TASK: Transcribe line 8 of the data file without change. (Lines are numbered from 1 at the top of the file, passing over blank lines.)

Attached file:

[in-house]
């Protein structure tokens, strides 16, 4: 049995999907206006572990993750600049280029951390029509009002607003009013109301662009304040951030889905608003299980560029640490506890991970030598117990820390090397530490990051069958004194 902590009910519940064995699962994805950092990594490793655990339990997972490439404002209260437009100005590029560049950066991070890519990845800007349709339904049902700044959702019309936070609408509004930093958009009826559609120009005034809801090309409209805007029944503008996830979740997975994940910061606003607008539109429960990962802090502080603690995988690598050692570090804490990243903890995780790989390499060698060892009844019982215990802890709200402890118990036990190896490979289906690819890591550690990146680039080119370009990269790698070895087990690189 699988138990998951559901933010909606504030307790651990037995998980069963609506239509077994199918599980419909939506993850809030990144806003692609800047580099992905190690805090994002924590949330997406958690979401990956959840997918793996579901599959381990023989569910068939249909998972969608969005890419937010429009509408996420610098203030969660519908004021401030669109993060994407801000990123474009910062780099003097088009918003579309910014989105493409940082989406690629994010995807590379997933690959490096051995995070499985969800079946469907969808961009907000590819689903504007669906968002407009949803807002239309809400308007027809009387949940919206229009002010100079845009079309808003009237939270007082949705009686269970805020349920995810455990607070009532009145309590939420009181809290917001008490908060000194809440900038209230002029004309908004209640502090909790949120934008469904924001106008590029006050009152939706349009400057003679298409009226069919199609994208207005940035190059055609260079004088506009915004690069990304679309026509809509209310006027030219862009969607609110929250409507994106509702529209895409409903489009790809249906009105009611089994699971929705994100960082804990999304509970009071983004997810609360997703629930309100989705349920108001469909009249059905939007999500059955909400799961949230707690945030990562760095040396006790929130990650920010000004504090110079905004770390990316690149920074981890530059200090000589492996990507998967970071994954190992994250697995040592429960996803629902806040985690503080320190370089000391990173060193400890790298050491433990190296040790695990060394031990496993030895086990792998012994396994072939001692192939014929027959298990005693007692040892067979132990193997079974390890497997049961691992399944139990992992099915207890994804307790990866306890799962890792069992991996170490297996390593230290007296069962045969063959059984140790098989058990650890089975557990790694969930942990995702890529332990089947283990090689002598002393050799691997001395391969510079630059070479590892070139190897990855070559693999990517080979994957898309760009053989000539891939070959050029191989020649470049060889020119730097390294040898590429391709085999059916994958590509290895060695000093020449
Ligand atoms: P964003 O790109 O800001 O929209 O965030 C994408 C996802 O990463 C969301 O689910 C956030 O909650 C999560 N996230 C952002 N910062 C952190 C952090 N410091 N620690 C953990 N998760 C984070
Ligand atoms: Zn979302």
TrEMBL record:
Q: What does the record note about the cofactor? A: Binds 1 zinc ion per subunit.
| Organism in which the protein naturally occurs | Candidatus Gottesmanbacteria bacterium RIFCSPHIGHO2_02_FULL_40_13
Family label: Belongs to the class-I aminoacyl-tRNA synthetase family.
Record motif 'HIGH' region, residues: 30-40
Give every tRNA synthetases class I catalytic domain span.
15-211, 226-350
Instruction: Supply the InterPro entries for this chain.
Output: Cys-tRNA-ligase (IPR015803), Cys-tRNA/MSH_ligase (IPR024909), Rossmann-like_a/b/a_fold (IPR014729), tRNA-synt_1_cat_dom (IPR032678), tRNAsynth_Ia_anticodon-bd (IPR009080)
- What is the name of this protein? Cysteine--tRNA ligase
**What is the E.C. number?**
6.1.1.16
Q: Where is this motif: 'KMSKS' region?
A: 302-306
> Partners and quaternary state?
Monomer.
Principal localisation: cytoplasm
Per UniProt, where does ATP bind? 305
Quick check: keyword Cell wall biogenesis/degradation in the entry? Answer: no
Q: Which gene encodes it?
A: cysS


Family label: Belongs to the class-I aminoacyl-tRNA synthetase family.